May 2013 is the Month of the Brain. This is the occasion for all neurological disorders to champion their cause. Audrey Craven, the current President of the European Federation of Neurological Associations (EFNA), shares her experience of living with disabling migraine.
“I had been living with disabling migraine for many years before I founded the Migraine Association of Ireland (MAI). It affected me on two to three days of every week, but I never knew which days it was going to strike. Symptoms would include an intense throbbing headache, vomiting and diarrhea, sensitivity to light, sounds and smells – and stroke-like symptoms such as slurred speech, numbness and even fainting. This meant that I was unable to function and would be confined to a darkened room. I could not work, socialise, and adequately care for my three young children. The impact on my quality of life was immense. My mental wellbeing was suffering as I felt isolated and alone. People would dismiss it as ‘just a headache’ – not knowing that headache is just one of many symptoms. And worst of all, no medication worked to cure or ease my symptoms.
Then, in the early 90’s a new form of migraine medications called ‘triptans’ came on the market. These revolutionised my life and allowed me to be well enough to found the Migraine Association and work, in a voluntary capacity, as a patient advocate.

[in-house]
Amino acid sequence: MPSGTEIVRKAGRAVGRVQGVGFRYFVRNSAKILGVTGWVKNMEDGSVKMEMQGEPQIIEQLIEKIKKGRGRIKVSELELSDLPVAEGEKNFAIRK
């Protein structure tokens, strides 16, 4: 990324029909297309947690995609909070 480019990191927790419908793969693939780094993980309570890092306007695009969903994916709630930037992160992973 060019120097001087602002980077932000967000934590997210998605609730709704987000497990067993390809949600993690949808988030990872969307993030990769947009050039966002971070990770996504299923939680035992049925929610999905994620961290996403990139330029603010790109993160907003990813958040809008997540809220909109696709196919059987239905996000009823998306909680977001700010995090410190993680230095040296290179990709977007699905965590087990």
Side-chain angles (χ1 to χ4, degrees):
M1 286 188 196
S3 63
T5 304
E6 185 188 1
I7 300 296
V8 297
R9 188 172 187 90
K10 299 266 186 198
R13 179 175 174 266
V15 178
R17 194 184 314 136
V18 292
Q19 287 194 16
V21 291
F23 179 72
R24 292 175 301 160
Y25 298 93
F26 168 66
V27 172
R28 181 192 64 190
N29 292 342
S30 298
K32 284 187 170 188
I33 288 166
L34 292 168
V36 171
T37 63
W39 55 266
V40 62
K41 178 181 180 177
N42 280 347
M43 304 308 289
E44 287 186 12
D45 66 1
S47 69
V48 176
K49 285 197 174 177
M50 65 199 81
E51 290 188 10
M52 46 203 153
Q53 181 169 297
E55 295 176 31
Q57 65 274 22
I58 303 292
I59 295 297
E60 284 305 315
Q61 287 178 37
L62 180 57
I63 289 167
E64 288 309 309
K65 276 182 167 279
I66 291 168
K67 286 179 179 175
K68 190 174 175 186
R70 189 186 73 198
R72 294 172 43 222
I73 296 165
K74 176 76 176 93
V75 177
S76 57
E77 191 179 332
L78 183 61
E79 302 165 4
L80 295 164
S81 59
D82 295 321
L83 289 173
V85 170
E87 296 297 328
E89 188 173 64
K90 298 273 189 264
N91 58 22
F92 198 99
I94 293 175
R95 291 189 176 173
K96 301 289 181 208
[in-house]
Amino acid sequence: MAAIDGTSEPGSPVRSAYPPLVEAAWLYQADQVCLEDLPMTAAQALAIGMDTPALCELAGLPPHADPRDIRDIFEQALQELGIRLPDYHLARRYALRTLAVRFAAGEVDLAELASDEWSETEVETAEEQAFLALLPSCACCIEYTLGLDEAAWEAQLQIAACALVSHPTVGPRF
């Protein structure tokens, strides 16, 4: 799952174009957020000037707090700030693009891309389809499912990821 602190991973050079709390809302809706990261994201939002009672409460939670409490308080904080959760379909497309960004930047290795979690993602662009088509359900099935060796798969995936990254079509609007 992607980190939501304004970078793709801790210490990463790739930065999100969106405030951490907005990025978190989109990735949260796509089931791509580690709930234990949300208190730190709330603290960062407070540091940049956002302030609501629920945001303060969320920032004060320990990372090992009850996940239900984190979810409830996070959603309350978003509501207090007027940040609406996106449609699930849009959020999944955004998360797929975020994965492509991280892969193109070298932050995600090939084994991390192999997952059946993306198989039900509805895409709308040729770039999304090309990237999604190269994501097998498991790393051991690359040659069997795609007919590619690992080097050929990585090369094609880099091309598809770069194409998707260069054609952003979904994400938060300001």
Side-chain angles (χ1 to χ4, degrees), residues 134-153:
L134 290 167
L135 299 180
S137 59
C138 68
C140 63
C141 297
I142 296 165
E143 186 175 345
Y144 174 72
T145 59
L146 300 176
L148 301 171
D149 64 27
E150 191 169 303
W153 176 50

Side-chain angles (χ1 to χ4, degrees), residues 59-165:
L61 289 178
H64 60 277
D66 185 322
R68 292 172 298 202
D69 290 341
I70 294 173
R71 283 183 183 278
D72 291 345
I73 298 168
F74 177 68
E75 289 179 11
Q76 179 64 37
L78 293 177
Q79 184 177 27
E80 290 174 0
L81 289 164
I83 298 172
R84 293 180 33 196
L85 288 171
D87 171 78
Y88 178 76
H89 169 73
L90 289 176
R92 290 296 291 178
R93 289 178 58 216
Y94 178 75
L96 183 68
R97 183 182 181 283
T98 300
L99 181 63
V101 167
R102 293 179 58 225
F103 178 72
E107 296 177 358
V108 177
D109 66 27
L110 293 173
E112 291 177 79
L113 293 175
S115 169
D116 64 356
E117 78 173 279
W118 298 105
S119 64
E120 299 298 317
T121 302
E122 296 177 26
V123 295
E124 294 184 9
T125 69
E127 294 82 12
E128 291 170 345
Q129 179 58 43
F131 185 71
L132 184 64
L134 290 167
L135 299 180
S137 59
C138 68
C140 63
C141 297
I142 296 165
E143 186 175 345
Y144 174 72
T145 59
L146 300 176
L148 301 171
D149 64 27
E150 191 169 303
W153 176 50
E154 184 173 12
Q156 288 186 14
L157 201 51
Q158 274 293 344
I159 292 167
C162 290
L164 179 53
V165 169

The triptan drugs target specific groups of serotonin receptors in the brain that are known to be closely involved in migraine attacks. There are now a wide variety of triptan drugs available, and 80% of sufferers will find one that works for them within two hours of the onset of an attack. However, there is still a lack of option for the 20% of people for whom triptans do not work as well as for the children, the pregnant and the elderly for whom these drugs are not licensed.
Triptans are also not a cure. They are designed to be taken early on in the attack to stop its progression. Moreover many migraine preventatives are non-specific – meaning people will take a small daily dose of an anti-depressant, anti-epileptic or beta-blocker drug. Therefore, we need to continue to campaign for further research into a cure for migraine. We also need to know the exact cause! This is the case for most neurological disorders.